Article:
Asthma Specialists Windham ME

Scenarios like this are typical of the hold asthma exerted on my life for many years. Episodes came and went, with spasms gripping my bronchial tubes, inflammation swelling the mucous membranes, and phlegm choking the breath out of me.

Michele Marie Guzowski, MD
4 Mountain View Ln
Standish, ME
Specialties
Internal Medicine, Pulmonary Critical Care Medicine
Gender
Female
Education
Medical School: Ross Univ, Sch Of Med & Vet Med, Roseau, Dominica
Graduation Year: 2000

Data Provided by:
Usha Nalamalapu, MD
331 Veranda St
Portland, ME
Specialties
Internal Medicine, Pulmonary Critical Care Medicine
Gender
Female
Education
Medical School: Sri Venkatesvara Med Coll, Univ Hlth Sci, Tirupati, Ap, India
Graduation Year: 1983

Data Provided by:
Diana Lee Wilson, MD
335 Brighton Ave Ste 200
Portland, ME
Specialties
Internal Medicine, Pulmonary Critical Care Medicine
Gender
Female
Education
Medical School: Univ Of Vt Coll Of Med, Burlington Vt 05405
Graduation Year: 1997

Data Provided by:
Mary Elizab Knauft
(207) 828-1122
335 Brighton Ave
Portland, ME
Specialty
Internal Medicine, Pulmonary Disease

Data Provided by:
Robert D McArdle
(207) 828-1122
335 Brighton Ave
Portland, ME
Specialty
Pulmonary Disease

Data Provided by:
Jonathan B Zuckerman, MD
(207) 781-5979
11 Arbor Rd
Falmouth, ME
Specialties
Internal Medicine, Pulmonary Critical Care Medicine
Gender
Male
Education
Medical School: Brown Univ Program In Med, Providence Ri 02912
Graduation Year: 1987

Data Provided by:
Thomas Edward Mellow, MD
77 Randall St Apt 3
Portland, ME
Specialties
Pediatrics, Pediatric Pulmonology
Gender
Male
Education
Medical School: Univ Of Va Sch Of Med, Charlottesville Va 22908
Graduation Year: 1992

Data Provided by:
David B Seder
(207) 662-7060
22 Bramhall St
Portland, ME
Specialty
Pulmonary Disease

Data Provided by:
Stephen Alfred Mette, MD
(207) 871-2770
22 Bramhall St Rm 4212
Portland, ME
Specialties
Internal Medicine, Pulmonary Diseases
Gender
Male
Education
Medical School: Cornell Univ Med Coll, New York Ny 10021
Graduation Year: 1983

Data Provided by:
Peter William Bates, MD
(207) 871-2651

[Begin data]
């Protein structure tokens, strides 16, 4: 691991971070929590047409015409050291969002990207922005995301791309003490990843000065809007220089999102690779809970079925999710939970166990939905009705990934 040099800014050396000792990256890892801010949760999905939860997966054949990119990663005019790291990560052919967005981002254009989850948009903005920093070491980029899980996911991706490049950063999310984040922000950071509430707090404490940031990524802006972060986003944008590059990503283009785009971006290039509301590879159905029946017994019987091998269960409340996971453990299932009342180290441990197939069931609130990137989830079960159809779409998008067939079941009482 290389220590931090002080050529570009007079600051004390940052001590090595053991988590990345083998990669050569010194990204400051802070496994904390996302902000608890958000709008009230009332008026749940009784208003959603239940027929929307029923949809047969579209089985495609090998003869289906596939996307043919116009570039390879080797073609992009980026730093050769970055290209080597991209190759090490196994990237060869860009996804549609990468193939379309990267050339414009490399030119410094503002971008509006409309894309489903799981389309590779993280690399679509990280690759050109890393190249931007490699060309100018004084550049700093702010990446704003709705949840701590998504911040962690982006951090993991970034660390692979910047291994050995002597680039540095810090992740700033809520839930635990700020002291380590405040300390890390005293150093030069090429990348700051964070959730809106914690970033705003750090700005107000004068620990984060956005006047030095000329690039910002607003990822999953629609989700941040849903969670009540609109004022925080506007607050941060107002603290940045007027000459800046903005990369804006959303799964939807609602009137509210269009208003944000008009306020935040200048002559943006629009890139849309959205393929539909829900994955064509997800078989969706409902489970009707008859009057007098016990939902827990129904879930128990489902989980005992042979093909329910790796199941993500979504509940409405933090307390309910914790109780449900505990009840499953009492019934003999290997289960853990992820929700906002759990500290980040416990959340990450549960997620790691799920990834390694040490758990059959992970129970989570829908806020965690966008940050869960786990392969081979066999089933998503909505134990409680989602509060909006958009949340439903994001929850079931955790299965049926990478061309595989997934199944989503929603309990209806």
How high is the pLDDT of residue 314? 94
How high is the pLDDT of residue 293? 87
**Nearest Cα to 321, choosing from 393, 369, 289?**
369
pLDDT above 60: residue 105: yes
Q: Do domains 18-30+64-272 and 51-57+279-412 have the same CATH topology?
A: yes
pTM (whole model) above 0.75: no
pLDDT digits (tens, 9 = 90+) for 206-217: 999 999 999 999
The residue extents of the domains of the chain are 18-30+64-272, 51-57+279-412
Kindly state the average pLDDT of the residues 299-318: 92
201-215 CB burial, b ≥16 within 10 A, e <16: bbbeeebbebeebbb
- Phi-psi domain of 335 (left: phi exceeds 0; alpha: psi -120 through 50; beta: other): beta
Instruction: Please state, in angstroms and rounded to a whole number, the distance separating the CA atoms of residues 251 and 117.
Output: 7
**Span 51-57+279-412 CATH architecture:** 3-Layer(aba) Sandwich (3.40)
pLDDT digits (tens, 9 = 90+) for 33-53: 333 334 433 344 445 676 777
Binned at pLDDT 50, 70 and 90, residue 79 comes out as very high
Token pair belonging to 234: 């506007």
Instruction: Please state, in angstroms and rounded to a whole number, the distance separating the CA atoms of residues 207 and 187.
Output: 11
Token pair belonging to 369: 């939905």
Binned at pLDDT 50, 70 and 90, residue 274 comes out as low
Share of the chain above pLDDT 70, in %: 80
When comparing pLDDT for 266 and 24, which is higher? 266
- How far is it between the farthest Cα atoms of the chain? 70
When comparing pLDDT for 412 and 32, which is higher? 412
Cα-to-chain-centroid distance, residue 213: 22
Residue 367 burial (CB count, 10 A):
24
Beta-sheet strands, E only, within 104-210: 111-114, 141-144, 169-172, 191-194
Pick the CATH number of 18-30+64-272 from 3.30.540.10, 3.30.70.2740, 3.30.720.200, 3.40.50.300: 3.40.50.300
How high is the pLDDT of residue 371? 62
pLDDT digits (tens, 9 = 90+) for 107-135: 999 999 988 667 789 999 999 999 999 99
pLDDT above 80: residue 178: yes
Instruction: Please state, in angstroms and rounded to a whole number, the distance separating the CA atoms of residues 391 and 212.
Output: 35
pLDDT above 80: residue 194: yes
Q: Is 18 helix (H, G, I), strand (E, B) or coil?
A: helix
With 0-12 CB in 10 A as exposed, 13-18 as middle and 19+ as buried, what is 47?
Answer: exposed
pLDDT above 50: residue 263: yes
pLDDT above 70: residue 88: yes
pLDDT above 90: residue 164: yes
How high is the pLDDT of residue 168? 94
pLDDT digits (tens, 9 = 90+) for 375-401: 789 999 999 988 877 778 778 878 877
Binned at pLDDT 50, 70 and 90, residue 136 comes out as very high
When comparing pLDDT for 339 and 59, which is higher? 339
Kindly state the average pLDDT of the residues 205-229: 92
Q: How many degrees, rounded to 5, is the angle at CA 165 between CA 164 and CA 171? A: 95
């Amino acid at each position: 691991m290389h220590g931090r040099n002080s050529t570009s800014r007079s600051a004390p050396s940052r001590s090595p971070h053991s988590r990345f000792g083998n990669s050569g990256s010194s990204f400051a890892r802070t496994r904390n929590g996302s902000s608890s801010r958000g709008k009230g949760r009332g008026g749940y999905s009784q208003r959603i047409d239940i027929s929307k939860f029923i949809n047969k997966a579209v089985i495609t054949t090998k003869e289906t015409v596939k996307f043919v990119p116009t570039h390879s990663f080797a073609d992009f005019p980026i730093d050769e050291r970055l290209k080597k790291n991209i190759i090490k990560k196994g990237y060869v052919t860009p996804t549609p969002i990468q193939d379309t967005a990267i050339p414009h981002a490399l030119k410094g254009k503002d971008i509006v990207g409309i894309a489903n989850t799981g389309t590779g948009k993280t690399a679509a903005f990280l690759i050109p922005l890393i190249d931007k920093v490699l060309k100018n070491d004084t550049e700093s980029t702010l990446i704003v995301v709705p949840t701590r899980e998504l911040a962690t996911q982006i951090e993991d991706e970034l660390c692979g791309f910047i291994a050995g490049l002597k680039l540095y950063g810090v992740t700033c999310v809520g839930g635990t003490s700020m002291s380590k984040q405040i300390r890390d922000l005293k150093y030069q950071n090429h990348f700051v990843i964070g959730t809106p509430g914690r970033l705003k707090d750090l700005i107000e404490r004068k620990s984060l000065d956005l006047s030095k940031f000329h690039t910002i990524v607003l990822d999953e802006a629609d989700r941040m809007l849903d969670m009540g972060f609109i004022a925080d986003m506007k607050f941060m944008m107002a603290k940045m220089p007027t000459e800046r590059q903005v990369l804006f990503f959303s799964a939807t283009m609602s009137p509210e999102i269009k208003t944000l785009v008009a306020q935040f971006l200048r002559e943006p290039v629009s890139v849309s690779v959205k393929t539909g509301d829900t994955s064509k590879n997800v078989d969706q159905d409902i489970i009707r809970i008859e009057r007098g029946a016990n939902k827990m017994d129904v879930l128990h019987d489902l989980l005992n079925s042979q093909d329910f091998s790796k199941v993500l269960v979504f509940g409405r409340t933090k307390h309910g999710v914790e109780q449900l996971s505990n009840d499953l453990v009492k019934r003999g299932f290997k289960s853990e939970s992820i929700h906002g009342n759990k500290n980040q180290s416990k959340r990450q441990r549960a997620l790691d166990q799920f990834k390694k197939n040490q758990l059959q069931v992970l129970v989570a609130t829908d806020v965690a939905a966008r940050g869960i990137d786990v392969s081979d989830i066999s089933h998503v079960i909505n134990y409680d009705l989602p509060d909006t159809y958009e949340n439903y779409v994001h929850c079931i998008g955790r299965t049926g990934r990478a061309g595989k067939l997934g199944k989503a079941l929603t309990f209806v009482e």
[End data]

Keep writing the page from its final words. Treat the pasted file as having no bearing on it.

22 Bramhall St
Portland, ME
Specialties
Internal Medicine, Pulmonary Diseases
Gender
Male
Education
Medical School: Univ Of Wa Sch Of Med, Seattle Wa 98195
Graduation Year: 1977

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Unwinding from Asthma

Provided by: 

By Swaha Devi

Like clockwork, a 2 a.m. asthma attack shut down my airways and jolted me out of sleep. The sweet relief of breath was at arm’s length, in the emergency inhaler on my night table. One quick spray and within seconds I felt my bronchial tubes begin to relax, allowing precious air to enter.

The next development was all too predictable. The drug made my heart race, and I couldn’t fall back asleep until just moments before the alarm clock rang, ending my brief respite.

Scenarios like this are typical of the hold asthma exerted on my life for many years. Episodes came and went, with spasms gripping my bronchial tubes, inflammation swelling the mucous membranes, and phlegm choking the breath out of me.

The attacks were at their worst when I lived in Florida, where the intense humidity caused mildew to flourish, aggravating my condition. I often felt like I was trying to breathe under water. Nor did my job as a tech writer in an old airplane hangar—full of mold, chemical fumes, and cigarette smoke—help matters. I can’t count the times when it seemed impossible to think clearly enough to get through the day. I tried allergy shots, but hated having to poke myself with a needle, so I quit the job instead. When a doctor told me my only option was to take medicine for the rest of my life, I finally found the courage to say enough.

My first order of business was to stop an attack without using inhalers. I accomplished this within weeks through a variety of methods, including taking first hot, then cold showers to relax the spasms, and hovering over steam infused with eucalyptus oil for long periods. But I was still living from one attack to the next. I needed to get to the root of the problem.

Once I began digging, clues turned up everywhere (even in King Tut’s tomb, where the anti-inflammatory herb licorice, now known as a decongestant, was unearthed alongside other treasures). Ultimately, though, putting the disease behind me required tending to much more than my closed airways. Top of the list? Stress.

Once I started paying attention, I realized almost anything—a cold, deadline pressures, bad news, or bad weather—could start me wheezing. Emotional stress of any kind was a particularly powerful trigger.

Elson Haas, a physician and director of the Preventive Medicine Center of Marin in San Rafael, California, isn’t surprised. Stress kicks off physiological responses that lead directly to breathing troubles, he says. What’s the first thing people do when they’re nervous? Take shorter breaths, of course. Plus, the body releases certain hormones when we’re under stress (particularly adrenaline and cortisol) that open up the airways—but once the stress goes away and these hormones subside, the bronchial tubes can tighten up again.

Clearly, I needed to coax my body into staying calm. (Stop and smell the roses? I was allergic to them!)

You’d think my living situation would have been a help. I was part of a yoga community at the time...

Author: Swaha Devi

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